An interesting discovery on arriving in Barcelona: the metro's train describer display screen in Catalan reassures you that the next train will be a "PROPER TREN" (but if you should be staying out late, as people in Spain tend to do, you may find yourself relying on a Nitbus).
In that dead spot of the evening when northern Europeans are already winding down but Spaniards are barely getting ready for dinner, I was sitting in a bar, almost deserted but for me and the staff (Chinese, as it happened), and a TV displaying impressive diving skills - for a lower league football match. About half a dozen Scandinavian ladies of a certain age arrived, and started ordering (in English): but "Irish coffee" produced a blank response, as did "ice cream". I tried suggesting "café irlandes", but that was no help. "Café con whiskey" got a bit further, but the idea of putting the two together in one cup was clearly more than strange.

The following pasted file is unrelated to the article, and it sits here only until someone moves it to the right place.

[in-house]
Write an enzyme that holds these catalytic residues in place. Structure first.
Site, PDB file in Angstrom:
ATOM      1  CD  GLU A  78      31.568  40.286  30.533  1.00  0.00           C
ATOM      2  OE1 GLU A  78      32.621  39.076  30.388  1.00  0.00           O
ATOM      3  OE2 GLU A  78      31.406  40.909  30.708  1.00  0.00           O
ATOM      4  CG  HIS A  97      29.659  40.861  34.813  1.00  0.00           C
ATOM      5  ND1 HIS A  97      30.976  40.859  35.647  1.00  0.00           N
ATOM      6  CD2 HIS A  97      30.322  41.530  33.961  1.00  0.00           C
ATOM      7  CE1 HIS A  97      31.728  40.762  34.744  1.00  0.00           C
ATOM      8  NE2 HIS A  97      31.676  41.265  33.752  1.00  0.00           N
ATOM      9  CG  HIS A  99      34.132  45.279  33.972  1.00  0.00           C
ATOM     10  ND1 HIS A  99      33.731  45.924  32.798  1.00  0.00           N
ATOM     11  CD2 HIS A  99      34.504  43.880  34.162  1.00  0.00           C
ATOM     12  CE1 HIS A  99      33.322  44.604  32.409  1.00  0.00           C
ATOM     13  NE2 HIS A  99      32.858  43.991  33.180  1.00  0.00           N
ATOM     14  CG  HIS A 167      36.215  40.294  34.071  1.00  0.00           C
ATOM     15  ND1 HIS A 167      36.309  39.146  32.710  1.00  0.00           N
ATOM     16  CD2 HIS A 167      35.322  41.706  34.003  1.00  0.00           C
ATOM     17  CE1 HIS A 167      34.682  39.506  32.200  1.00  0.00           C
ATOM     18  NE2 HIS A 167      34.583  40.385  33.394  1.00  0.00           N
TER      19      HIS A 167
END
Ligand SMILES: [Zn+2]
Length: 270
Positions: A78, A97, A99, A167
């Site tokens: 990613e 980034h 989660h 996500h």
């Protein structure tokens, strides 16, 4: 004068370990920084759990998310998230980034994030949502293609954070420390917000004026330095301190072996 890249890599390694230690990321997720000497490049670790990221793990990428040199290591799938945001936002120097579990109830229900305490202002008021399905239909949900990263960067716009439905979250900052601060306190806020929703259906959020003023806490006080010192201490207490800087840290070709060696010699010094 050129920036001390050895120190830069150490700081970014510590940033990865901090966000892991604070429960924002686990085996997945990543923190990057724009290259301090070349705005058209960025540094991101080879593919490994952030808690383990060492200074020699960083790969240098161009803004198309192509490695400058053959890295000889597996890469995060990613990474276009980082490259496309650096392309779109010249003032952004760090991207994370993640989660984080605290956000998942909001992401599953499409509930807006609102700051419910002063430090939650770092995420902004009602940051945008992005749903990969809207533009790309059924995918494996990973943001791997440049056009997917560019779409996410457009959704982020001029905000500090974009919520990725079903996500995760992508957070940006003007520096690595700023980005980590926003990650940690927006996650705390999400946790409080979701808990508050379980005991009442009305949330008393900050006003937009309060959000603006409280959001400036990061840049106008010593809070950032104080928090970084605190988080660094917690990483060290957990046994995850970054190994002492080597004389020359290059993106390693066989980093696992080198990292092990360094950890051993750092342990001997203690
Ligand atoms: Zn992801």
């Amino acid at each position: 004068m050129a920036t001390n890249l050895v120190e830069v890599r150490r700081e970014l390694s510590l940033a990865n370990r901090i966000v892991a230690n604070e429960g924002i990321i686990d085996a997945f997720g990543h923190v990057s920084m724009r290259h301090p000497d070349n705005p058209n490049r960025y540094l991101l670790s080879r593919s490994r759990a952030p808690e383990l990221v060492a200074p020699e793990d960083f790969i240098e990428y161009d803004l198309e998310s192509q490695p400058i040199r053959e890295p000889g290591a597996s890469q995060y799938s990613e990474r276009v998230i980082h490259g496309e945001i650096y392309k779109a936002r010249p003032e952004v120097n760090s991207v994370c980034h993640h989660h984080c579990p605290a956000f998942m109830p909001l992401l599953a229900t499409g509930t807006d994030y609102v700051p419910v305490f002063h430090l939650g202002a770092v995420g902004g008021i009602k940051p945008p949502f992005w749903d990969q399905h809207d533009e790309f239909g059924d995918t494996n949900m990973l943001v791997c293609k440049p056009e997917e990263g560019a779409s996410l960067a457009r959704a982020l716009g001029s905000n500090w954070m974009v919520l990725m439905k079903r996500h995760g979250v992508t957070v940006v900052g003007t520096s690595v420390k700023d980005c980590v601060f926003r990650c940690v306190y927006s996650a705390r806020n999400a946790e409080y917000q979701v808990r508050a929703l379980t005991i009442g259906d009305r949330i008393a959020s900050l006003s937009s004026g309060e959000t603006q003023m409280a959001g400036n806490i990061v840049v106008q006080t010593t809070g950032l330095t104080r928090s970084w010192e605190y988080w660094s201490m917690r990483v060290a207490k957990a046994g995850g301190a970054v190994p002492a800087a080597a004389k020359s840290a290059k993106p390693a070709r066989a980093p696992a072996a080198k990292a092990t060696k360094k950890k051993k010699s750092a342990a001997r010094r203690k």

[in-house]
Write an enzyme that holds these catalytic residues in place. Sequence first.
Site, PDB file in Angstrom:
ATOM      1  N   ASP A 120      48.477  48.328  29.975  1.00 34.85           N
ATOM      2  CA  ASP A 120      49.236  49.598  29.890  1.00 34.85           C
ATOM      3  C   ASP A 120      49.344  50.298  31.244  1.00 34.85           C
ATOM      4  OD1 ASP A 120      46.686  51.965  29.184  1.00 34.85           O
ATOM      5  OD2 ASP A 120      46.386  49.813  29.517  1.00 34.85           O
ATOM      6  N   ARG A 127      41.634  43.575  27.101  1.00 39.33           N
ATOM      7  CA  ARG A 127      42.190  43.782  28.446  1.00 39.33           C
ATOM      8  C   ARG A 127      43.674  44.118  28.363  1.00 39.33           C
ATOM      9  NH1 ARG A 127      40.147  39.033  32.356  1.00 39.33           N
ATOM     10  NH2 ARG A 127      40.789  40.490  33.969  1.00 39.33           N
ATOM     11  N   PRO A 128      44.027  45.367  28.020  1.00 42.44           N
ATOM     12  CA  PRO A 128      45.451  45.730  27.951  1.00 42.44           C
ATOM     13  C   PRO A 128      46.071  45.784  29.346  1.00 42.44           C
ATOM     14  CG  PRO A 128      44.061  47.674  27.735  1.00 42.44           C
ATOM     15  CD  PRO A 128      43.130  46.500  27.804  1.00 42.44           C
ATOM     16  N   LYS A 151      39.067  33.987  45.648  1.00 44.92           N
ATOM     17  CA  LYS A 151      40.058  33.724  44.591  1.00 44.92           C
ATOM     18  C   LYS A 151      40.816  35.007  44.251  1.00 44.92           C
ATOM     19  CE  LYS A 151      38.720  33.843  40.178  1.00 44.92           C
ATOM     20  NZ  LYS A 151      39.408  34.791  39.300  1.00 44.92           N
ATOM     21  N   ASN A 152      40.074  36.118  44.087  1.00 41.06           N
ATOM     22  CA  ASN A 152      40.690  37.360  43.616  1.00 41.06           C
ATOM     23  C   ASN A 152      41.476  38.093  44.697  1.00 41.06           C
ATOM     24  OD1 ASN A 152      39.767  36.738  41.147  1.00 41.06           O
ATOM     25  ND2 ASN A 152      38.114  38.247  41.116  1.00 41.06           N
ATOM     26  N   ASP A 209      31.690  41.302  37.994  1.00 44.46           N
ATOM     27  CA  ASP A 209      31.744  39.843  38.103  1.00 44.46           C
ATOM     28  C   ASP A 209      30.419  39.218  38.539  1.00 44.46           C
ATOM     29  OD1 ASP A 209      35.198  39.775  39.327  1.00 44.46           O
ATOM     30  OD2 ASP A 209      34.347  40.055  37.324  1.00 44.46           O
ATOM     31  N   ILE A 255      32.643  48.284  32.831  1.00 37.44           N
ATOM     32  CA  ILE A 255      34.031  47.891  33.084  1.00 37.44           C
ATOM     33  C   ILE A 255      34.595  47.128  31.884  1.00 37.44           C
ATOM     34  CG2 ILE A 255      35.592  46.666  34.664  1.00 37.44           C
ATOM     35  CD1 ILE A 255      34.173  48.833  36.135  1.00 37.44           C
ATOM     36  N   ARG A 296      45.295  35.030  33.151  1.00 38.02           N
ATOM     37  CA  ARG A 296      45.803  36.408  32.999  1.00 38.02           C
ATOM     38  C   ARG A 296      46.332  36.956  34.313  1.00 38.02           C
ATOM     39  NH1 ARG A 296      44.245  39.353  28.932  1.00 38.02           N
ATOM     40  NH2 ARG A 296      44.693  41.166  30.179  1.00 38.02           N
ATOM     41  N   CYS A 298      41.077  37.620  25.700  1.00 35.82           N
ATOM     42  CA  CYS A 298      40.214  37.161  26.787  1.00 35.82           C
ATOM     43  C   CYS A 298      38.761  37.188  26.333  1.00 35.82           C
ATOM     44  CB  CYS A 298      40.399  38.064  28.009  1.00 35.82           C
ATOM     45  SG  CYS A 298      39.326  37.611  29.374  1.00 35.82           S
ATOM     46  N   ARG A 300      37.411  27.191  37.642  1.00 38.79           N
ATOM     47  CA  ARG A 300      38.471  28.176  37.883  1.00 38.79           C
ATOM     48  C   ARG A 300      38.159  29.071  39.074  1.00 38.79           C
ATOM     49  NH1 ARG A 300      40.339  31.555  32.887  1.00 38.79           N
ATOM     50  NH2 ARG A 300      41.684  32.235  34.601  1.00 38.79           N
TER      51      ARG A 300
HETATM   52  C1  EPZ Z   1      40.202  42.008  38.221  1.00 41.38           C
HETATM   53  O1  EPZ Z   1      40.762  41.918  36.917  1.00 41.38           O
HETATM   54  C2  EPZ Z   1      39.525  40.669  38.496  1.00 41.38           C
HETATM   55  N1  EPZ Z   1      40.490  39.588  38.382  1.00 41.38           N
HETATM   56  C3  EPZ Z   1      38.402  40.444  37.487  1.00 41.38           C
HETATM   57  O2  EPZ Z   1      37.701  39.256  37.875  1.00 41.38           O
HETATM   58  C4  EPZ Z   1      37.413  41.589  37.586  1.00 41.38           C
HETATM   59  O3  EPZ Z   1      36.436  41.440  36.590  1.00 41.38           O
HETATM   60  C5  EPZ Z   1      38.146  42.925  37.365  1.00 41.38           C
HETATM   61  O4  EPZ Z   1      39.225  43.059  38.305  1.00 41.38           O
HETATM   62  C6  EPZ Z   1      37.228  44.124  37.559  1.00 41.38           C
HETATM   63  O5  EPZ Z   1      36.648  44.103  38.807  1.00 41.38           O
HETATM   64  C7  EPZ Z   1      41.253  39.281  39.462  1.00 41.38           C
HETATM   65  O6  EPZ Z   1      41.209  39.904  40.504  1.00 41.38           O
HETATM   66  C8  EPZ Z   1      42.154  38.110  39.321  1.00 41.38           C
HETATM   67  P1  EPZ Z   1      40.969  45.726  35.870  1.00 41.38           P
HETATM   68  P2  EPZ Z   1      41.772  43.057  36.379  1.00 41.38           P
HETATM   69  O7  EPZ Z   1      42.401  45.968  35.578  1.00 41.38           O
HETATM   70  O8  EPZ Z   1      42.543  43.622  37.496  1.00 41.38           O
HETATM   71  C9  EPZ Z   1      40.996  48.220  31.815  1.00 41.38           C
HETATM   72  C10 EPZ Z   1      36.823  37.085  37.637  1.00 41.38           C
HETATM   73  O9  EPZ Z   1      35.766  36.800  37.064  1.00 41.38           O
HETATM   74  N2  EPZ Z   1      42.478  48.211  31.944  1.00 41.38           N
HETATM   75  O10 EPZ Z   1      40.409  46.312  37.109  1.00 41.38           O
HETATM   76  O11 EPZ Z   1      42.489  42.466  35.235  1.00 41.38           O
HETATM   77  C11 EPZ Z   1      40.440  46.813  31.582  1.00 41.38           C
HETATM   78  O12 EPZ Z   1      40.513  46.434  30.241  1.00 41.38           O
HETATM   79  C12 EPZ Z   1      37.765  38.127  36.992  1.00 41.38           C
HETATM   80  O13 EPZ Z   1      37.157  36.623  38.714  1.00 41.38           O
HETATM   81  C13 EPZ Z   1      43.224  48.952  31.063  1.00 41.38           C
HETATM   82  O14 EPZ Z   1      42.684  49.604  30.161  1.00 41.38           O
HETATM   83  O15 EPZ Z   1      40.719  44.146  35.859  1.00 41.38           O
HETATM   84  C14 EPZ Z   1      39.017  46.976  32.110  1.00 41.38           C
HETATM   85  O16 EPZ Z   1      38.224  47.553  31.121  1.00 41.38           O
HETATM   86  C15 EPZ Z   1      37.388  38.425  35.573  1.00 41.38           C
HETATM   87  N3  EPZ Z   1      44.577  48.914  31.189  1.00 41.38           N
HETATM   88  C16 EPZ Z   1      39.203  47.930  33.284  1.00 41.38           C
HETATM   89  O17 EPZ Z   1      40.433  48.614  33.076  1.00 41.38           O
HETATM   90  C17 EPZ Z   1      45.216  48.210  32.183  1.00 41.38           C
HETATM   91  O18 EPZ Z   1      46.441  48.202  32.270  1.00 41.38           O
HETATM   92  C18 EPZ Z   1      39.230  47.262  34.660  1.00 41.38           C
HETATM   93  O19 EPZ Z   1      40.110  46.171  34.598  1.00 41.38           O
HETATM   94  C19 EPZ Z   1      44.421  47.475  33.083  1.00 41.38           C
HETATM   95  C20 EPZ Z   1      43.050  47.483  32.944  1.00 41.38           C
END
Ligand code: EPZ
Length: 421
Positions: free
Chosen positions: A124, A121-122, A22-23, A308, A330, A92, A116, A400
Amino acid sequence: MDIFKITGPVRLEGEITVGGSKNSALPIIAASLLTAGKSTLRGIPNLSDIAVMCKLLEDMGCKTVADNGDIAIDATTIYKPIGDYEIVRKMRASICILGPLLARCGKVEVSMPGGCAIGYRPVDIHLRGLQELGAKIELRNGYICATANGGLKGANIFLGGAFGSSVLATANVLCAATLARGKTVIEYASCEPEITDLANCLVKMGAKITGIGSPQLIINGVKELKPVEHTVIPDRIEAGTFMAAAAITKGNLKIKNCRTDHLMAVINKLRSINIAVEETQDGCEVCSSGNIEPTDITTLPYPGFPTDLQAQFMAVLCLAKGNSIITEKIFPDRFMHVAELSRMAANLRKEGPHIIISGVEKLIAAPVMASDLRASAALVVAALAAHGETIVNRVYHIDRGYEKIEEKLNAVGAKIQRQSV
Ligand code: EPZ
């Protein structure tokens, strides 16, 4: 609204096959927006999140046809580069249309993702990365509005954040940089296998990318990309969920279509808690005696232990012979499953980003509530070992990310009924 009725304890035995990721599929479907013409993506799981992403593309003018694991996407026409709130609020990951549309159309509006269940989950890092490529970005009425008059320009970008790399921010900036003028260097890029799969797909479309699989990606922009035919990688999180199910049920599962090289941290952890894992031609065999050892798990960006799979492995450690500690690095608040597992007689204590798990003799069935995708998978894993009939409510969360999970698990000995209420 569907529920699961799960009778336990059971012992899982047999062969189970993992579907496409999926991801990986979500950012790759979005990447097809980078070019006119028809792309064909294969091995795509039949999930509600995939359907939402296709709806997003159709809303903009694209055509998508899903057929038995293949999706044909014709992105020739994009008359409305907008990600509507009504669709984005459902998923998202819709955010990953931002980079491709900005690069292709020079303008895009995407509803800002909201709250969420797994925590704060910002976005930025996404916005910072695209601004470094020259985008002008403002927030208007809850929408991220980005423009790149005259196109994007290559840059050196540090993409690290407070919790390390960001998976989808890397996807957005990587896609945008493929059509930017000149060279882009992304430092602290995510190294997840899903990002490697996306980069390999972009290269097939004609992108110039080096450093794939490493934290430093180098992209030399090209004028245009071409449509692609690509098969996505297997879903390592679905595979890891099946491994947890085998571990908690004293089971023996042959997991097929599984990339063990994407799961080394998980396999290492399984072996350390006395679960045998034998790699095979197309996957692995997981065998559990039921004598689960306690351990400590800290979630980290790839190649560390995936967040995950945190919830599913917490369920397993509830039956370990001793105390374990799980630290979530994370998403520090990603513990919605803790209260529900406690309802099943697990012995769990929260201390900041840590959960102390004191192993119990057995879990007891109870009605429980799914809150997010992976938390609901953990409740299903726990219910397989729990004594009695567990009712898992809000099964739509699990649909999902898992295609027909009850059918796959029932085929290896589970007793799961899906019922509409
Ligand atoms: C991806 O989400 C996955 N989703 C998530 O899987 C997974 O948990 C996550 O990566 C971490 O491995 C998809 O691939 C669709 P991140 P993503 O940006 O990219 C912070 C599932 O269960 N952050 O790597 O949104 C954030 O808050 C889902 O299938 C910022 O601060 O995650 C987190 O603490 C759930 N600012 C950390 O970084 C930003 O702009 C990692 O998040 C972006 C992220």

But what really stalled the conversation was "cream", in English or Spanish (someone once told me that a lot of Chinese people literally can't stomach dairy products, so this may not be surprising). Eventually, the barman went to look for help, and came back with an Indian man, who eventually managed to find the right word(s) in whatever common language they could find.
The others had long since settled for plain black coffee, and given up on the idea of ice-cream, when a cup was delivered with some whipped cream floating on top; but, to judge by the expression on her face, the lady in question clearly felt she needed a rather stronger slug of whiskey in it.
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